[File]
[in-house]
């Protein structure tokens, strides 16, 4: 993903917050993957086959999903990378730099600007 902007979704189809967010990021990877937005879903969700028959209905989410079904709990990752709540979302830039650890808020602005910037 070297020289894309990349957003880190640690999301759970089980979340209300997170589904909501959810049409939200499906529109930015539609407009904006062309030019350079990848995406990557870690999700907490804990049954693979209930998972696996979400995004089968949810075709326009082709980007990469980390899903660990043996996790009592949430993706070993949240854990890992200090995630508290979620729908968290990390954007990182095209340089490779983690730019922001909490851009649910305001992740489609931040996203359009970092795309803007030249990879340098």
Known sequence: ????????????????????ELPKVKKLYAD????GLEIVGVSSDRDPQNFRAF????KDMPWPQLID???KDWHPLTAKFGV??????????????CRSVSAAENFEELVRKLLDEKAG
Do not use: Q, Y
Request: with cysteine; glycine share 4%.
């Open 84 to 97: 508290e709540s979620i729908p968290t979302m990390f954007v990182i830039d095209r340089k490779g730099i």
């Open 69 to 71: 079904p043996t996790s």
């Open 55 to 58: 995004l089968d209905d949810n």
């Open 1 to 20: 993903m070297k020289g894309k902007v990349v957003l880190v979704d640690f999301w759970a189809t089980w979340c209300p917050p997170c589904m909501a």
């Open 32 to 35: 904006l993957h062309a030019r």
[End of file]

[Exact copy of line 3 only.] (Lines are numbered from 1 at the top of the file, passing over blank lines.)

Known sequence: ????????????????????ELPKVKKLYAD????GLEIVGVSSDRDPQNFRAF????KDMPWPQLID???KDWHPLTAKFGV??????????????CRSVSAAENFEELVRKLLDEKAG